The importance of studying the liturgy – An interview with Abbot Cuthbert Johnson OSB, part 2

In the 2nd part of his exclusive interview with journalist Peter Jennings for CTS, Abbot Cuthbert Johnson OSB, tells us about his own background and the vital importance of music in the liturgy.

Peter Jennings: The Church has given many directives about the Liturgy so what more needs to be done?

Abbot Cuthbert Johnson: Directives and instructions are necessary and we have had an abundance of them, some may say we have had far too many. Indeed all that needs to be said has been said. For this reason the booklet “Participating in the Mass” is not a series of do’s and don’ts. It is an attempt to help us understand the liturgical, theological and spiritual dimension of the directives which ensure good order and dignity when we celebrate the sacred Liturgy.

No matter how faithful the observance of ceremonial and rubrics might be, no matter how elegant the vestments and ornamentations of the church might be, this will not of itself ensure that conscious and active participation which leads us to share and live the mystery of Christ in the Liturgy.

Peter Jennings: I know that you have always had a keen interest in the liturgy form the time that we first knew each other at school in Scotland over fifty years ago. Tell me something of your experiences over the years.

Abbot Cuthbert Johnson: My interest in the Liturgy stems from my parish church on Tyneside where my uncle was the organist and choirmaster.

I always preferred to serve the sung Mass on a Sunday. The choir sang simple Gregorian chant antiphons and the Masses of Sir Richard Terry the first Master of Music at Westminster Cathedral. When I joined the monastery in 1964, I received encouragement from Dom Henry Ashworth to pursue the study of the Liturgy. I was able to pursue the technical side of both the Liturgy and the Chant at the Abbey of Solesmes in France and in Rome.

After obtaining a doctorate in Liturgical Theology, I was called to the Vatican to work in the Congregation for Divine Worship from 1983 to 1996.

Peter Jennings: I know you have co-authored about 16 volumes on the sources of the Latin liturgy and written numerous articles in International Reviews and the richness of your experience come through in your writing. With such experience, how do you see the development of the liturgy?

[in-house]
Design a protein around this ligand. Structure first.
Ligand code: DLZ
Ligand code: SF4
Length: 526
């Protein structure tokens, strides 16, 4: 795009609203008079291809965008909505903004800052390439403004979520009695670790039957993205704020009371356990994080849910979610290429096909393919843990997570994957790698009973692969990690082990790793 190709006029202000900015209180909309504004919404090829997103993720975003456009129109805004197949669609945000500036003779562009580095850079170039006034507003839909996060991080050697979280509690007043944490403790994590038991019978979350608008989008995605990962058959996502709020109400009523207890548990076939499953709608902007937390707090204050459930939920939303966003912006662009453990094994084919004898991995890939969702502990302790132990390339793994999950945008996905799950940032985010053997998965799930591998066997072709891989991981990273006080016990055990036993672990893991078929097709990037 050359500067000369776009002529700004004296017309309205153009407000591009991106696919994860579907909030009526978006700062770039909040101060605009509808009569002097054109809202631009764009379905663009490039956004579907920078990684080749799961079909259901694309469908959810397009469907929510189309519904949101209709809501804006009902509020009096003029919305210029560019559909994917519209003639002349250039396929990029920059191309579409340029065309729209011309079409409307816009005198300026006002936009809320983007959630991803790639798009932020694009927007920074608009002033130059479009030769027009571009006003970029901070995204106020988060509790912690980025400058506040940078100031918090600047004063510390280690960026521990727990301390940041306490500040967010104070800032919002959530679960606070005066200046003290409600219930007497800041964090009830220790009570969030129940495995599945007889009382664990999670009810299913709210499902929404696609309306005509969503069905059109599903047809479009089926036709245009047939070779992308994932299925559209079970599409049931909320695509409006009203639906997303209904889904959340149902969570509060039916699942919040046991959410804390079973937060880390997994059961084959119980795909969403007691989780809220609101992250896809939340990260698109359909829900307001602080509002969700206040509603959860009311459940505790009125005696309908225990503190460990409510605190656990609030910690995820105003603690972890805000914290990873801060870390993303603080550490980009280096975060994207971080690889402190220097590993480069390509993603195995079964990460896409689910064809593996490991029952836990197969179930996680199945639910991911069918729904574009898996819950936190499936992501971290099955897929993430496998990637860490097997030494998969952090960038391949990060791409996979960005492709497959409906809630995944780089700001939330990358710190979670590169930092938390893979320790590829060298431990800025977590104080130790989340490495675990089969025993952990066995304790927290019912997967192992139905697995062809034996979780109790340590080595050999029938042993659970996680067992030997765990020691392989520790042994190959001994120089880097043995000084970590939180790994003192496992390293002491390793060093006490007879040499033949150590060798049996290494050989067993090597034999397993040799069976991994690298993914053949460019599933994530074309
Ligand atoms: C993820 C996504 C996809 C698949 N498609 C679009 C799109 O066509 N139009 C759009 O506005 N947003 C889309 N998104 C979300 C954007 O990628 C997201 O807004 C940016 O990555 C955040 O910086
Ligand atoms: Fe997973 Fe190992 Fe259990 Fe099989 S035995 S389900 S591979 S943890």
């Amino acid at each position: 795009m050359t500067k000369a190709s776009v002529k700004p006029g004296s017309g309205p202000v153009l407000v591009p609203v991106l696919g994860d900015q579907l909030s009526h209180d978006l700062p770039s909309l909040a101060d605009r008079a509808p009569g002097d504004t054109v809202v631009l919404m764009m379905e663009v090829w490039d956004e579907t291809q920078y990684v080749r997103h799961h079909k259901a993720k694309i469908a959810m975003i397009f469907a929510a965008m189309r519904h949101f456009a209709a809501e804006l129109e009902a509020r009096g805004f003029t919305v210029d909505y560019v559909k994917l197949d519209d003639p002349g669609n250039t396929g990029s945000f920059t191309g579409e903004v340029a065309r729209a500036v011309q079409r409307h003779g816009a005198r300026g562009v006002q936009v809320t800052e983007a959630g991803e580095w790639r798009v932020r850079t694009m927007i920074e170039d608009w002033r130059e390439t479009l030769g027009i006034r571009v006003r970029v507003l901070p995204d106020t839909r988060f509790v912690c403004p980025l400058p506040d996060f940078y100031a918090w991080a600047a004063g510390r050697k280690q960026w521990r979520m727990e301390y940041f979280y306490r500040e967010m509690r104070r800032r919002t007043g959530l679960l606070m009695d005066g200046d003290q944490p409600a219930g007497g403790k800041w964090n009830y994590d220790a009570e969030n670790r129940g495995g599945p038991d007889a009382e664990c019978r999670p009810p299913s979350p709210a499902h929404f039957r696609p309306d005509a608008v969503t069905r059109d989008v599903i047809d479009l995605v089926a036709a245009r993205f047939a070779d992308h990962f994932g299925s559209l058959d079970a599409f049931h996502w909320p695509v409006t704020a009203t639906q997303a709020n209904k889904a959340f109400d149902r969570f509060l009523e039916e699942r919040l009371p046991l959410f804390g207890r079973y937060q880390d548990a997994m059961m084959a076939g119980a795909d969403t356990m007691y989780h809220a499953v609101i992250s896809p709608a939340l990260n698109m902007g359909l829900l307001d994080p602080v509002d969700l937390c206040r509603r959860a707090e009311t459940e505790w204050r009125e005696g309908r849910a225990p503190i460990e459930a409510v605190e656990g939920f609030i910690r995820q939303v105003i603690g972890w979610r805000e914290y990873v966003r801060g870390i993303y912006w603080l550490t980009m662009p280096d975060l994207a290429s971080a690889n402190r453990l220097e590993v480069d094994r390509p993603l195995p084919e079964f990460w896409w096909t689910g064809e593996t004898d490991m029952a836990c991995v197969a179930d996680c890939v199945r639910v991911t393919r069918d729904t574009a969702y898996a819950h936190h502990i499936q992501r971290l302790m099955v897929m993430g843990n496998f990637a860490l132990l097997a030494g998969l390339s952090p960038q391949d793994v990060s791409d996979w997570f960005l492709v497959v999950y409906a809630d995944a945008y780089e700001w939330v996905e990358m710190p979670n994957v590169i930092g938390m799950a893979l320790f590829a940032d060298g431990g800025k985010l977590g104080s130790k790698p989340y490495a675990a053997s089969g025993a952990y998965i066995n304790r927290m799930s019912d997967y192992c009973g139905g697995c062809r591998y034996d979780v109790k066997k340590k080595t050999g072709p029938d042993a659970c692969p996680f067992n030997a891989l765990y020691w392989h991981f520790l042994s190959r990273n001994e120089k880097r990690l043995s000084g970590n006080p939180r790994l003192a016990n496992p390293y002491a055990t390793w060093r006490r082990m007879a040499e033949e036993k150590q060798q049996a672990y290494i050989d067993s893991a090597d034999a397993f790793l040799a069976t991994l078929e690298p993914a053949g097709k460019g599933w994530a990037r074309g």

Abbot Cuthbert Johnson: While we must always trust in the Lord, we must take care not to presume upon His goodness and kindness. To expect great improvements without making an effort to bring them about, is like asking the Lord to change stones into bread. Musicians, artists and all who work in the sphere of the Liturgy need to be encouraged and not just by words. Music and works of art need to be commissioned. And Bursaries could be set up to help young Catholic musicians and artists.

Those who can contribute to the development of the aesthetic dimension of worship need to be helped to what is meant by sacred art and learn from the Church’s rich musical patrimony.

Peter Jennings: Please give me a specific example?

Abbot Johnson: On Easter morning, the Introit as given in the Gregorian Chant version, is in the contemplative and meditative fourth mode. The words and melody suggests the image of one who has awoken from sleep, who lays aside the shroud and wraps up the cloth which was about his head.
Gregorian chant has its joyful and vigorous modes, but the Church chooses to open the Easter Mass in the awesome contemplation of the mystery of the Resurrection.

It is to the silent yet eloquent testimony of the tomb that the Church guides our attention, for only the tomb witnessed that saving event. Many composers might be tempted to open the Easter Day celebration with a fanfare of trumpets and multiple “alleluias”. This is another and equally valid approach but would we not be losing a precious insight if we overlooked this other dimension?

By studying such ancient examples in both music and art we can learn so much and enrich our faith.

More tomorrow.

Participating in the Mass is available from the CTS website priced £2.50

Of related interest:

D745 Simple Guide to the Mass – Abbot Cuthbert Johnson OSB, a Consultor to the Vatican Congregation for Divine Worship, provides a simple and concise guide to the new translation of the Mass introduced by the Church on Sunday, 4 September 2011. Pope Benedict XVI has expressed the wish that the introduction of the new translation will mark the beginning of: “A renewal and a deepening of Eucharistic devotion all over the English-speaking world”.
Participating in the Mass –Abbot Cuthbert Johnson OSB, in this companion to his widely acclaimed CTS booklet Understanding the Roman Missal, provides an informative, step-by-step guide to the celebration of the Mass, to enable the Liturgy to be celebrated with reverence.
Understanding the Roman Missal – the New Translation –A presentation and explanation of the new translation, accompanied by liturgical and spiritual reflections. This presentation and explanation of the new translation is accompanied by a series of liturgical and spiritual reflections.

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